There is a British super called Paradax, who was a taxi driver. When someone left a costume that would allow him to walk through walls, he became a super... well.. as I understand it, not a hero. He's more or less a satire of "What would happen if a beer guzzling work-a-day shlub became a super-type?"

What does Dr. Strange or Dr. Fate do for a living? Hawkeye?  Blackhawk? The Scooby Crew? The Forever People?

Offline HarryTrotter

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Re: Working class heroes?
« Reply #14 on: February 02, 2018, 10:34:22 PM »
I think in this case he meant it more like an "ordinary Joe".But keep in mind that,in his own addmision,Mills isnt a fan of superheroes and is probably familiar only with the general gist of things.Weird for a guy who wrote Marshal Law.
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Offline UnkoMan

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Re: Working class heroes?
« Reply #15 on: February 02, 2018, 11:32:02 PM »
Oh yeah,and the video in question.
https://youtu.be/Mht7Z0C_lQY

Oh, I like this! I'm a fan of Pat Mills.

I don't know Paradax, but sounds interesting. [Edit: Oh wait! I have read some of this actually, and totally forgot.] Didn't Night Raven drive a cab at some point, or was that just a cover like with Moon Knight? I'd have to go back and read it, it's been a long time.
I love ordinary people with powers. Reid Fleming, World's Toughest Milkman, on of my favourites. Not a hero in any way though. Flaming Carrot and other Bob Burden creations, now there are some working class heroes.

Dr. Strange was a brilliant, rich surgeon, so I assumed a bunch of his money was leftover from that? But I dunno how he still affords his fancy lifestyle. Dr. Fate depends on which one but, I always assumed after getting the helm they no longer require food or sleep like a normal person, and just magic up a sanctuary to live in, abandoning their human lives for the most part. I know some have had arguments with Nabu trying to take over their lives. The Eric/Linda Strauss era was pretty great. I should dig out those back issues, too.

I have no idea how the Scooby Gang affords to go all over the US, solving mysteries. Maybe they charge a fee per mystery solved?
« Last Edit: February 02, 2018, 11:37:16 PM by UnkoMan »

Offline UnkoMan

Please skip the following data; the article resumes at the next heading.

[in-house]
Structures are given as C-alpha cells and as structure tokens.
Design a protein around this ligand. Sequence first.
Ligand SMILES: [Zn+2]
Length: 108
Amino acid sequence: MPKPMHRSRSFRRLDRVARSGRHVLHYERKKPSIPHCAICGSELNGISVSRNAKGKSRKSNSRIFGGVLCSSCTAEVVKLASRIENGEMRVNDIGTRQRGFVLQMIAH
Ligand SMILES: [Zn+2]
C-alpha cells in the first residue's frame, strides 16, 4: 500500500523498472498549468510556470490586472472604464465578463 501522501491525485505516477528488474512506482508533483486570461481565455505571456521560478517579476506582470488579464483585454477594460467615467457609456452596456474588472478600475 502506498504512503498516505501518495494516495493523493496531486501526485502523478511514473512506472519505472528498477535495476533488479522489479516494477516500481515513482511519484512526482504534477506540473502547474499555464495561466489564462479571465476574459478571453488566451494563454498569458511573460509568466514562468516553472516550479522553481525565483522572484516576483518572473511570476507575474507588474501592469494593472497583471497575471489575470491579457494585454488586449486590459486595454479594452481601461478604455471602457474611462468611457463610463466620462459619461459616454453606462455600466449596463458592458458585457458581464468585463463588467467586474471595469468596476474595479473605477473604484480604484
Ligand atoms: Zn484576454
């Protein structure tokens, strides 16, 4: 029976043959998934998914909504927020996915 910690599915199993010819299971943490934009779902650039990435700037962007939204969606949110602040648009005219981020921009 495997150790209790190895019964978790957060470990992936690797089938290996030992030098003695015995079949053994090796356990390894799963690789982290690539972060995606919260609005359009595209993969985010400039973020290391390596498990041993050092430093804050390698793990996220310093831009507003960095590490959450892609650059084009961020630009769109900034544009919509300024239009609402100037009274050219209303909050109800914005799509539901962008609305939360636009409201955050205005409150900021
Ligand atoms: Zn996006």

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Re: Working class heroes?
« Reply #16 on: February 03, 2018, 12:16:26 AM »
Actually, I've just been thinking on this and... I think every generation's creation of superheroes sort of starts as "ordinary Joe."
Not Batman, who is the archetypal rich-guy superhero, but Superman? Superman is a wish fulfillment character of a couple of "regular guys" about what they would do if they had that kind of power. They could stand up for the little guy. They could beat up the next door neighbour who's always abusing his wife. They could fight for what's right. He is a reporter, but it isn't suppose to be in a glamorous way, originally. He's suppose to be relatable. Captain America was a weakling who wanted to fight for his country and got the chance. A lot of golden age people are suppose to be relatable people who decided to do what they thought was right... alongside all the freakin' Gods and Aliens and Weird Magic Entities.

Later, Marvel comes along and, sure Iron Man is their rich guy, but Reed Richards supposedly starts as more working science type, with his whole family coming for the ride. He's the father figure but you've got Human Torch as the snappy kid, Thing as the gruff but loveable (and tragic) everyman. Invisible Girl as... the girl because it's the '60s.
Dr. Blake is suppose to be a pretty normal and somewhat frail doctor. Hulk's basically on the run, but "working" scientist. Antman is also "working" scientist. Spider-Man is the epitome of this though, regular kid, sickly aunt, can hardly afford the rent. They try it again with Daredevil. Lawyer, sure, but tiny practice, barely afloat. His father was a poor working class boxer, he's from a small neighbourhood. Hawkeye, another circus performer (since superheroes were originally based on circus performers, makes sense), turned small time crook, coaxed into being a hero. Remember the Prowler? Dude's actually from '69. Fired from his window washer job.